GCSE Music is a popular option for students in Years 10 and 11 and we follow the Edexcel specification. Students have three timetabled periods a week and in addition all pupils are recommended to take instrumental lessons outside the classroom as this greatly supports their work in this subject. 
The Edexcel GCSE Music course is divided into three areas – listening and appraising, composition and performing. Listening and appraising carries 40% of the total marks, the other two areas 30% each. The composition and performing papers are both on-going coursework modules; the listening paper is sat during the examination period in the Summer of Year 11. 
The listening paper is the only written examination. It involves listening to short extracts of music, and then answering questions on the three set works in each of the four Areas of Study. These cover popular music, classical music and music from around the world. Students will be introduced to musical styles from the seventeenth century to the present day in the Western European tradition, traditional and contemporary folk music, varied popular styles of the last hundred years and music from other cultures and traditions.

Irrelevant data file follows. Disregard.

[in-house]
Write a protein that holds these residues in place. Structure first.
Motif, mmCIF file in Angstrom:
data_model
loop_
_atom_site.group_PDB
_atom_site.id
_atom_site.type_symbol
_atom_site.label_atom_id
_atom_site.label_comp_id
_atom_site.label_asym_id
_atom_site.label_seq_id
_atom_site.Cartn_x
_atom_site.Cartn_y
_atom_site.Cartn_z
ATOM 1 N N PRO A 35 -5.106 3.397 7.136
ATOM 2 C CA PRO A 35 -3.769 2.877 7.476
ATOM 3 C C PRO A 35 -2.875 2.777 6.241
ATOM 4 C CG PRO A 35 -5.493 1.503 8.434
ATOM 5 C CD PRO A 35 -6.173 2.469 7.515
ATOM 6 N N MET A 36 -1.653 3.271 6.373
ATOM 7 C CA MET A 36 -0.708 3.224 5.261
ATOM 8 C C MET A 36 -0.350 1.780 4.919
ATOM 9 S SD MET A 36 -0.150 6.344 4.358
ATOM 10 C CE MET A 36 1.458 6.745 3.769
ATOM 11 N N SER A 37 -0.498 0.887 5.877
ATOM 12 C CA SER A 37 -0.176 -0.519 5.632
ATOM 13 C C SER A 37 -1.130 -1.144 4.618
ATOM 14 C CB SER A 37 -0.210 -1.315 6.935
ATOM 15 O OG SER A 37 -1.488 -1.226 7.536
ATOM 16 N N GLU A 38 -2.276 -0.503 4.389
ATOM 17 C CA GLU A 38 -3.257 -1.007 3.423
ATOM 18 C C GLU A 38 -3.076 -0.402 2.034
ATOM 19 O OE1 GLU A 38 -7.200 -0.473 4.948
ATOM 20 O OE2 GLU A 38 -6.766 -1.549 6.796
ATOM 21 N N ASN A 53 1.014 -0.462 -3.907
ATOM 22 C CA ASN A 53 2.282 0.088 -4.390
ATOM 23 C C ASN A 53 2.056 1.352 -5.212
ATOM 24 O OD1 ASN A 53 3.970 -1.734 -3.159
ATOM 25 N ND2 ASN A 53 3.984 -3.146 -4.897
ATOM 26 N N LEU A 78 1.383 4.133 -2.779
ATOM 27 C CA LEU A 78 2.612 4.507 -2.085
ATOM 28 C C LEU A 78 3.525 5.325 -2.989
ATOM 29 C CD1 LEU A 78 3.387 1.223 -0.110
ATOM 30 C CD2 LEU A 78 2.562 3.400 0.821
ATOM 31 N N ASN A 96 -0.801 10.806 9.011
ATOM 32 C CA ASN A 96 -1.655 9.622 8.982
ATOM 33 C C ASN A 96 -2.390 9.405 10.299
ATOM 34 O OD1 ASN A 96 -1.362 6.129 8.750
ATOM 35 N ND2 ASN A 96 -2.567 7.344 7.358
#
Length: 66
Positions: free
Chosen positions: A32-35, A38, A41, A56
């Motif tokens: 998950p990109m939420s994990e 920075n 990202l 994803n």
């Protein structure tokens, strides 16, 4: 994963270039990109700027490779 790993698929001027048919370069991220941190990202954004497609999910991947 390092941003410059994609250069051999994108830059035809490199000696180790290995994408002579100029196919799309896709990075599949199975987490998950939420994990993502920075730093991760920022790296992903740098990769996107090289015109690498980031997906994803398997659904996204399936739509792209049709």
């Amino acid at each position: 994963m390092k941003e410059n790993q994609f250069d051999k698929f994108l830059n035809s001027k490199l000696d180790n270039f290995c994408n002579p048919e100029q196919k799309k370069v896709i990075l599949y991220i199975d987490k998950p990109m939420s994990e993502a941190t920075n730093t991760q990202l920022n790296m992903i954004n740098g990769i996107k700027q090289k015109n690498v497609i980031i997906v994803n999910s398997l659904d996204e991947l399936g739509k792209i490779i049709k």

Composing provides an outlet for creativity, because there is no restriction on the style in which students write. The ability to compose clearly structured pieces with control of various musical elements will need to be shown and composing will also give a greater insight into the composition of masterpieces of all styles. A portfolio of two of the students’ own compositions or arrangements is submitted to the Board in May.